Punishing Your Child for Lying Can Prompt More Lying

Kids will do almost anything to feel secure in their family—including lying.

Posted Feb 25, 2020

Free Image From Pixabay
Source: Free Image From Pixabay

However unconsciously, all children realize it’s crucial for them to closely align themselves with their family. Experiencing their parental attachment bond as less than secure or stable feels really scary to them. And the younger the child, the more anxious they’ll be when this critical connection feels precarious. Instinctively, they can’t help but regard their parents’ acceptance and support as vital to their survival.

No matter how strongly a child may wish to have their wants, needs, thoughts, and feelings known to their parents, over time they learn that there may be significant risks in doing so. And it’s precisely this recognition that can make kids “strategically” shut down, or resort to lying. For once they appreciate the dangers of letting it all out—that it can lead their caretakers to harshly criticize, frighten, or shame them—they’ll increasingly monitor their speech to safeguard themselves from hostile reactions they haven’t yet developed the resources to effectively cope with.

And here I’m not talking about parents’ efforts to deliberately teach their children to avoid saying anything that could make others uncomfortable. They might advise their child to avoid making remarks or asking questions that could embarrass or offend others, withhold a hurtful or damaging truth, or even tell white lies. And children do need to be made more sensitive to the possibly harmful effects of their words. So it’s only appropriate to teach them both how and why to develop greater tact and self-restraint.

Otherwise, with their relative lack of empathy, children are susceptible to making comments gravely disconcerting to their family. The cartoon “Dennis the Menace” frequently illustrates such awkward situations, since the impulsively outspoken Dennis is apt to share things with relatives, neighbors, and strangers that cause his parents to wince in consternation.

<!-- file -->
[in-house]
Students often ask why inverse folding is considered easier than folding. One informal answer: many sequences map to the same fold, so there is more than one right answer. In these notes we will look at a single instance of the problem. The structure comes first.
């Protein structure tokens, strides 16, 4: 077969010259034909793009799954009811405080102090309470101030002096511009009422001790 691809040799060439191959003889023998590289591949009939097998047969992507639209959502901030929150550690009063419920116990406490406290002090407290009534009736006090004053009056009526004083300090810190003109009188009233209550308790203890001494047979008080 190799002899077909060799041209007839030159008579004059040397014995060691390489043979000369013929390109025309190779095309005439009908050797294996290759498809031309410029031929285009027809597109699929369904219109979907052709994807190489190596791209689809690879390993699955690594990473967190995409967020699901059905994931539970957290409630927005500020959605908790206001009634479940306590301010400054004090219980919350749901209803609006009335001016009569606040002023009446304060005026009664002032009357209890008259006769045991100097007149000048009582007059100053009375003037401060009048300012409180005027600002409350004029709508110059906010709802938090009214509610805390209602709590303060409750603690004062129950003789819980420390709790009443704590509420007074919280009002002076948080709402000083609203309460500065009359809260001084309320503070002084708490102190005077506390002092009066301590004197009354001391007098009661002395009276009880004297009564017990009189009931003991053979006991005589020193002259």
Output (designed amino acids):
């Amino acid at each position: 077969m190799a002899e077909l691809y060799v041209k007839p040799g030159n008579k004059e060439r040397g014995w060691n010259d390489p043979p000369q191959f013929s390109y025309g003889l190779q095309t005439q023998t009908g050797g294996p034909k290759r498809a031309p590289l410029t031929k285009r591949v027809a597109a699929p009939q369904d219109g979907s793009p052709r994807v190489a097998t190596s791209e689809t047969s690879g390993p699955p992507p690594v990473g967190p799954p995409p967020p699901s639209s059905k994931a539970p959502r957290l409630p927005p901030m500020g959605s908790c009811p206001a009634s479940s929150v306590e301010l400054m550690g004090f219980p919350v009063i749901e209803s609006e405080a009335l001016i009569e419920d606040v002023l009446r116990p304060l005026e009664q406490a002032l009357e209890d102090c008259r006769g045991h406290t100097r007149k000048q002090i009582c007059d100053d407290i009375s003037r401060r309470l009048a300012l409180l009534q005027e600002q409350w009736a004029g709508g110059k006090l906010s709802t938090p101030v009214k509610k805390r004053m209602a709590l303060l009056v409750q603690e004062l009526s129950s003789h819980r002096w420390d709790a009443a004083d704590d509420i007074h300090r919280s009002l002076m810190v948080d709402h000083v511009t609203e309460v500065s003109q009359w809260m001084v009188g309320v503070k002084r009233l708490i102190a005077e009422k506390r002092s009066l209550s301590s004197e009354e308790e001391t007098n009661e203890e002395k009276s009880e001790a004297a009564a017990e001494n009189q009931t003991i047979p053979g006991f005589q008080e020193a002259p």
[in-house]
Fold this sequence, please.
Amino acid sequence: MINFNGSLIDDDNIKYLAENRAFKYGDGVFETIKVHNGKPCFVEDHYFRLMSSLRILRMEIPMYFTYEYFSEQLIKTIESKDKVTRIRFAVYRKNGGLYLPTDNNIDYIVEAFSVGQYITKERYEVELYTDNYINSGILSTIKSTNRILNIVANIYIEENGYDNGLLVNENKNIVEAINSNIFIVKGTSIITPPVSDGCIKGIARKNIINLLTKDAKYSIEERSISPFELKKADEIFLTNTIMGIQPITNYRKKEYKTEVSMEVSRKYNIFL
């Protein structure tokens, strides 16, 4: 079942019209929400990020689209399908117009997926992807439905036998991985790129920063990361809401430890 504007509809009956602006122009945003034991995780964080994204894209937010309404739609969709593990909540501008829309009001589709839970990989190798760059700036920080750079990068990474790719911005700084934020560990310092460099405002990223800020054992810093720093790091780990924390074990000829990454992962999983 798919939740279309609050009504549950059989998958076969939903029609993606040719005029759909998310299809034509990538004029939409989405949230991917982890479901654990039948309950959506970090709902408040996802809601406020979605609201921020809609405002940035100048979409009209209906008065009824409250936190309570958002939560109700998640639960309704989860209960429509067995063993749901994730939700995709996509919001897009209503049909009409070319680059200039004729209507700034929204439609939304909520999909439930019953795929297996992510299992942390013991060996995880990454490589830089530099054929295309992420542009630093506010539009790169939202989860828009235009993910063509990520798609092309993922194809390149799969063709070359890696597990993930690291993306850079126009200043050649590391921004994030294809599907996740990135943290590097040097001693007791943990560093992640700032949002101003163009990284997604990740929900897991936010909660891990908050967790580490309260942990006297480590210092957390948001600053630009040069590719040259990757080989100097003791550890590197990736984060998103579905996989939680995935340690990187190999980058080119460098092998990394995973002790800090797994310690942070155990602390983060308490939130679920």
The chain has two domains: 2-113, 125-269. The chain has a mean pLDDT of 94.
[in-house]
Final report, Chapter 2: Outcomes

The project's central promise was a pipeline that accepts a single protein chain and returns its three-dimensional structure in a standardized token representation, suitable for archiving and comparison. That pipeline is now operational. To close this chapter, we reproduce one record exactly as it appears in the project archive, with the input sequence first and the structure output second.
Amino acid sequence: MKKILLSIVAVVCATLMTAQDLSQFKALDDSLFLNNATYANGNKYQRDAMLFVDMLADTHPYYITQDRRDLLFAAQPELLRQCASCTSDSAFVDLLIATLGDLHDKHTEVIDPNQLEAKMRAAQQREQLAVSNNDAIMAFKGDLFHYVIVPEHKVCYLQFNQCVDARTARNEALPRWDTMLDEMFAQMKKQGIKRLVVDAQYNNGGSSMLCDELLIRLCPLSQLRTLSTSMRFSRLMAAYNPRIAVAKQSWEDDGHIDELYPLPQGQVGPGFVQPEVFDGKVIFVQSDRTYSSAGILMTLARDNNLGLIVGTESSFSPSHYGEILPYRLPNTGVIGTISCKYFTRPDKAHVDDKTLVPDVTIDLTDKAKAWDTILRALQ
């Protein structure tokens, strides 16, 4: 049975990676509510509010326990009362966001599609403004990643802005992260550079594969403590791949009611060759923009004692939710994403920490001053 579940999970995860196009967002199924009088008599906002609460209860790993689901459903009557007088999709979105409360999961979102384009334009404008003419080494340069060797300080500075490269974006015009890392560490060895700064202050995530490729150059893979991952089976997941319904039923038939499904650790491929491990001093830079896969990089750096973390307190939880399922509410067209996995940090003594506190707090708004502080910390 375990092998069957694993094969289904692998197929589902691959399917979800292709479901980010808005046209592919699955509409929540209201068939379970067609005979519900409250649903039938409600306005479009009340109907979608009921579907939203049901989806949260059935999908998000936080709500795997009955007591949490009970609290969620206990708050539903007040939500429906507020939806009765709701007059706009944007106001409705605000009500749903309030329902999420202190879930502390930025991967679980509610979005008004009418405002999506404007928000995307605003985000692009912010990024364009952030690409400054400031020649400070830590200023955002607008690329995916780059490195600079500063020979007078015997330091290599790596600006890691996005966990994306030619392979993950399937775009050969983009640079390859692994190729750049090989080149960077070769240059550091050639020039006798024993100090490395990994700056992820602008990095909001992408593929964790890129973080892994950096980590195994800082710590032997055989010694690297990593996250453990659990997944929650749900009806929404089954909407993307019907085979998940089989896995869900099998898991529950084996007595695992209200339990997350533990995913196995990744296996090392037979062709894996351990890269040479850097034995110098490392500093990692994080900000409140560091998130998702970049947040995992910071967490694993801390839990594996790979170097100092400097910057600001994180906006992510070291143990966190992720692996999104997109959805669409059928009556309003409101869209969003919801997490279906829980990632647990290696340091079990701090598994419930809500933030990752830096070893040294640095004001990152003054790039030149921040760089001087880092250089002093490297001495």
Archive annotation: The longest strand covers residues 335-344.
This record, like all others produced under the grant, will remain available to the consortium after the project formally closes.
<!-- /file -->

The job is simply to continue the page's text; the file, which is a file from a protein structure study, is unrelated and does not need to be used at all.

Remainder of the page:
To cite a biographical instance of my needing as a child to be taught to suspend my curiosity and, well, keep my mouth shut (vs. putting my foot in it), here’s an example from when I was maybe 10 years old. My family’s having been invited for dinner at one of my aunt and uncle’s, I assumed it would be an interesting conversation-starter to ask my cousin Rosalyn—their daughter, then in her mid-30s but still living with her parents—why she wasn’t yet married. At that tender age, what I understood was she ought by now to be out on her own. So I thought my query was certainly worthy of a response.

But as soon as my family was driving back home, my mother proceeded to lecture me on my insensitivity. She could tell from the expression on my cousin’s face immediately following my question (which went over like a lead balloon) that I’d seriously embarrassed her. Obviously, being taken to task for my lack of discretion didn’t feel very good to me back then.

But in retrospect, while I think my mother could have shown more sympathy for my simply not knowing any better, I still see her as doing what the occasion required. For if one of her maternal roles was to properly socialize me, then I needed to learn that I didn’t have the freedom to heedlessly pose questions that might indirectly “expose” another’s dilemma.

But what I’d like to focus on here are messages from caretakers—whether they be of omission or commission—that discourage a child from being truthful in ways that later can have detrimental repercussions for them. As I suggested earlier, because children are so dependent on their parents’ acceptance, they’re likely to conclude that in many cases they have no viable choice but to lie. That they must be super-cautious about saying whatever spontaneously might pop into their head.

The example below illustrates how parents’ misguided disciplinary efforts to prevent their kids from lying can have the opposite, paradoxical effect of programming them to lie. For in many instances, that’s what children are likely to do to protect themselves from further punishment.